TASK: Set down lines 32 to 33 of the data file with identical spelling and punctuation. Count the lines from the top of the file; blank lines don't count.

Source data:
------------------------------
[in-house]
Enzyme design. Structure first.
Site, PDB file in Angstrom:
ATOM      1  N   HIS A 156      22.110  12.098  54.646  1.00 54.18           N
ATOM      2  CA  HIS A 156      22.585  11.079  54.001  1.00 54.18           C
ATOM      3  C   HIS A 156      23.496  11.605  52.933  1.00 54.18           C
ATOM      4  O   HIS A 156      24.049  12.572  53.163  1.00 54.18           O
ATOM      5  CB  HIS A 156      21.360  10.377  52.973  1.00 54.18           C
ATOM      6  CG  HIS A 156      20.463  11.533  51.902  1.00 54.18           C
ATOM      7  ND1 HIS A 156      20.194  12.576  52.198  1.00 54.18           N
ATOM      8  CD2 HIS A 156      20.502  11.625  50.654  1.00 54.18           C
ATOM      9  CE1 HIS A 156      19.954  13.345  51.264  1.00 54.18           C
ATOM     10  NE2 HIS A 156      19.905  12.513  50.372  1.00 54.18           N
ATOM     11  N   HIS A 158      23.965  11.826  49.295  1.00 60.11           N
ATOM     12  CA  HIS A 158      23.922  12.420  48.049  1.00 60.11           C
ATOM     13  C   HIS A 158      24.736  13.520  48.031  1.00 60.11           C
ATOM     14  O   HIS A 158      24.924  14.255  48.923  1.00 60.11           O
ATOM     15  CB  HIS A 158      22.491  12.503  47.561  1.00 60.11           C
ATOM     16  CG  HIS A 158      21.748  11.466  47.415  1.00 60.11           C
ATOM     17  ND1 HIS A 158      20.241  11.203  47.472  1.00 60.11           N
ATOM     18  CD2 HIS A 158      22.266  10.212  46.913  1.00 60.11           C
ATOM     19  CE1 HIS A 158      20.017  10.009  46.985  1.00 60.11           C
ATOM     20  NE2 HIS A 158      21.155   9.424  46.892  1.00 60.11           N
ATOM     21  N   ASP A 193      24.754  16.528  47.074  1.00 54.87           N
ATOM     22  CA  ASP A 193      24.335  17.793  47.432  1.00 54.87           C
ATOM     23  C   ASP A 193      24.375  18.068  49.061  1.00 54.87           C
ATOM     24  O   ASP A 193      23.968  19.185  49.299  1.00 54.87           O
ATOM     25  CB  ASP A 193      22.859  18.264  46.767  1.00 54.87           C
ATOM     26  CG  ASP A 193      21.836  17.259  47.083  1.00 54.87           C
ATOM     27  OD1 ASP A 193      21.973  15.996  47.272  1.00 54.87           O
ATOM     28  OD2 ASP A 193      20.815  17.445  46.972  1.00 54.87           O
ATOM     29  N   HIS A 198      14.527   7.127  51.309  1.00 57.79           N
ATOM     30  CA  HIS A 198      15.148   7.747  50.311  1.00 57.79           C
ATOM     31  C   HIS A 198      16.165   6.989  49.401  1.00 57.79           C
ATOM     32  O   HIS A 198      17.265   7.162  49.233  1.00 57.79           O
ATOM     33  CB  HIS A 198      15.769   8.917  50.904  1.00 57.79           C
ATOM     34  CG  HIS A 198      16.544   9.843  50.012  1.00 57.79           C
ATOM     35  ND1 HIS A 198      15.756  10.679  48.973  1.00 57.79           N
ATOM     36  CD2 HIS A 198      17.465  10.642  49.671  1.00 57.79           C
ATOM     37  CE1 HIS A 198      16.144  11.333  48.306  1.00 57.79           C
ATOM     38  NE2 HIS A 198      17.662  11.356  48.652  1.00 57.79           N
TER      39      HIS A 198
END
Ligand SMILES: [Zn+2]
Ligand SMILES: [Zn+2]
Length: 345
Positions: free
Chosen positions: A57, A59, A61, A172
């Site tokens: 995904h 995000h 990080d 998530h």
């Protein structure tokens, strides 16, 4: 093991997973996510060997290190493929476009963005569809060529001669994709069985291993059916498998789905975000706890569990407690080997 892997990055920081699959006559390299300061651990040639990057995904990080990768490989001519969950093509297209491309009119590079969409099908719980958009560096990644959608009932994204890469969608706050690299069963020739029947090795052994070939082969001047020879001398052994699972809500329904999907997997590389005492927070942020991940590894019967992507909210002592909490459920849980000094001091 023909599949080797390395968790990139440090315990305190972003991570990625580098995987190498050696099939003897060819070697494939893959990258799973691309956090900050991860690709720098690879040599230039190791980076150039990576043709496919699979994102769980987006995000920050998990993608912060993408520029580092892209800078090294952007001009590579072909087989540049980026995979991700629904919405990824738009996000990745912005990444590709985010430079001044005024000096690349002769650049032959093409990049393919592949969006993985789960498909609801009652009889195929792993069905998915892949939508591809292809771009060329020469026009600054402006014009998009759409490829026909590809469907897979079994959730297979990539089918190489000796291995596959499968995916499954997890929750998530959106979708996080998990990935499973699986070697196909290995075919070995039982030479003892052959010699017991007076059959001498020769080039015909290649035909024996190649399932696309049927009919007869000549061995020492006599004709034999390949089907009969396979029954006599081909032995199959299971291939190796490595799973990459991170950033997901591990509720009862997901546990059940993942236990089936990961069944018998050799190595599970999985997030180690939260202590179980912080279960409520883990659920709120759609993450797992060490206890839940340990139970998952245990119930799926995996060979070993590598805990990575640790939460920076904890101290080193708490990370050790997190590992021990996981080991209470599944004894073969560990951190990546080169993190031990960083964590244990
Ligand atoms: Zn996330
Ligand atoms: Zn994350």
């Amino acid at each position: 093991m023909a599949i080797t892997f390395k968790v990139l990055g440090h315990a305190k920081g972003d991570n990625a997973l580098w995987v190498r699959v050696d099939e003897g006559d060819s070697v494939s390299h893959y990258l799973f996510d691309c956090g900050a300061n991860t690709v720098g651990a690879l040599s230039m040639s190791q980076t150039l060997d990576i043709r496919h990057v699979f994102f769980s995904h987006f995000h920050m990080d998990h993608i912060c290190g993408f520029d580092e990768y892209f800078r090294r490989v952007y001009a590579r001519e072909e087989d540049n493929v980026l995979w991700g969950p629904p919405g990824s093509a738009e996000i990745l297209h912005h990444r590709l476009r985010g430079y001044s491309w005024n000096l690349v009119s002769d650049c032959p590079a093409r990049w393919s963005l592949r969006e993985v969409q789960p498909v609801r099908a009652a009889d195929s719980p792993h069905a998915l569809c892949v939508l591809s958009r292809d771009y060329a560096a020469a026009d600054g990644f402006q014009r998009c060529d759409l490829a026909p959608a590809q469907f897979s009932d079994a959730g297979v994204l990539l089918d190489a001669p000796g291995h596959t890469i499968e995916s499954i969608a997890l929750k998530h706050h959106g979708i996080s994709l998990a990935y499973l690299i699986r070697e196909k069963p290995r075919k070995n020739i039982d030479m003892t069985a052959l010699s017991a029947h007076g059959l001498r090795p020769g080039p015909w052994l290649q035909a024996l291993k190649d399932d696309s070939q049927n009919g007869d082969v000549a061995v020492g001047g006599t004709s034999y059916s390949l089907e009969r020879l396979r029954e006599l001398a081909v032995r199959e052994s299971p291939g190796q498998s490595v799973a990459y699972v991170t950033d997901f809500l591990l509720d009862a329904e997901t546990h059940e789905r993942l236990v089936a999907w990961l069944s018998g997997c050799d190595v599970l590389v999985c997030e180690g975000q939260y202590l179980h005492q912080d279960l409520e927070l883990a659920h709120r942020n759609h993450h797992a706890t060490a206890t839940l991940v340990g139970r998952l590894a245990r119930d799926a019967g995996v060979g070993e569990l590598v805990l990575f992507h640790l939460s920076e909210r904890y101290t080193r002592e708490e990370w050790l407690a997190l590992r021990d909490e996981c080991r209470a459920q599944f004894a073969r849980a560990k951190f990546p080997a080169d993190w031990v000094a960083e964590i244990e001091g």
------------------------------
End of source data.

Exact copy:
ATOM     29  N   HIS A 198      14.527   7.127  51.309  1.00 57.79           N
ATOM     30  CA  HIS A 198      15.148   7.747  50.311  1.00 57.79           C